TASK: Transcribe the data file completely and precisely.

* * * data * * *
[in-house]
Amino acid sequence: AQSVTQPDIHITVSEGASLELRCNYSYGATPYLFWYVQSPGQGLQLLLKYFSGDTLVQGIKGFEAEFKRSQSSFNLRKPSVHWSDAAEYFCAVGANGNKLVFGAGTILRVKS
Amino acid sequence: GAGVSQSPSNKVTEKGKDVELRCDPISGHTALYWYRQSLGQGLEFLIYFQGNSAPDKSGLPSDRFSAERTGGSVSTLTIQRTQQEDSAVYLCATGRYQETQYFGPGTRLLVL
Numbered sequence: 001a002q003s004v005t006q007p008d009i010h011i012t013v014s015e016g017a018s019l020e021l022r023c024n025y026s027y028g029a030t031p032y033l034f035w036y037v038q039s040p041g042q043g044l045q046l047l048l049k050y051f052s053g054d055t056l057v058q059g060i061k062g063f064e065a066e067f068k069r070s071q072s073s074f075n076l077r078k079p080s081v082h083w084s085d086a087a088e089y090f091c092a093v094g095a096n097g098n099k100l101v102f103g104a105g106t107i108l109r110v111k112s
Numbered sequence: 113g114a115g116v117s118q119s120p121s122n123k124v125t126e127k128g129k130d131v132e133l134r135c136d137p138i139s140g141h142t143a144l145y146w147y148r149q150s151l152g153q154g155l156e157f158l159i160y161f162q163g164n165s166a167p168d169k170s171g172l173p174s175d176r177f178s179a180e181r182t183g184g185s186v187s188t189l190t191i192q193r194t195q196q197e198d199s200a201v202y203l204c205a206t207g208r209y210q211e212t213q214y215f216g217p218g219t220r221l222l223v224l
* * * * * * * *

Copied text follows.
[in-house]
Amino acid sequence: AQSVTQPDIHITVSEGASLELRCNYSYGATPYLFWYVQSPGQGLQLLLKYFSGDTLVQGIKGFEAEFKRSQSSFNLRKPSVHWSDAAEYFCAVGANGNKLVFGAGTILRVKS
Amino acid sequence: GAGVSQSPSNKVTEKGKDVELRCDPISGHTALYWYRQSLGQGLEFLIYFQGNSAPDKSGLPSDRFSAERTGGSVSTLTIQRTQQEDSAVYLCATGRYQETQYFGPGTRLLVL
Numbered sequence: 001a002q003s004v005t006q007p008d009i010h011i012t013v014s015e016g017a018s019l020e021l022r023c024n025y026s027y028g029a030t031p032y033l034f035w036y037v038q039s040p041g042q043g044l045q046l047l048l049k050y051f052s053g054d055t056l057v058q059g060i061k062g063f064e065a066e067f068k069r070s071q072s073s074f075n076l077r078k079p080s081v082h083w084s085d086a087a088e089y090f091c092a093v094g095a096n097g098n099k100l101v102f103g104a105g106t107i108l109r110v111k112s
Numbered sequence: 113g114a115g116v117s118q119s120p121s122n123k124v125t126e127k128g129k130d131v132e133l134r135c136d137p138i139s140g141h142t143a144l145y146w147y148r149q150s151l152g153q154g155l156e157f158l159i160y161f162q163g164n165s166a167p168d169k170s171g172l173p174s175d176r177f178s179a180e181r182t183g184g185s186v187s188t189l190t191i192q193r194t195q196q197e198d199s200a201v202y203l204c205a206t207g208r209y210q211e212t213q214y215f216g217p218g219t220r221l222l223v224l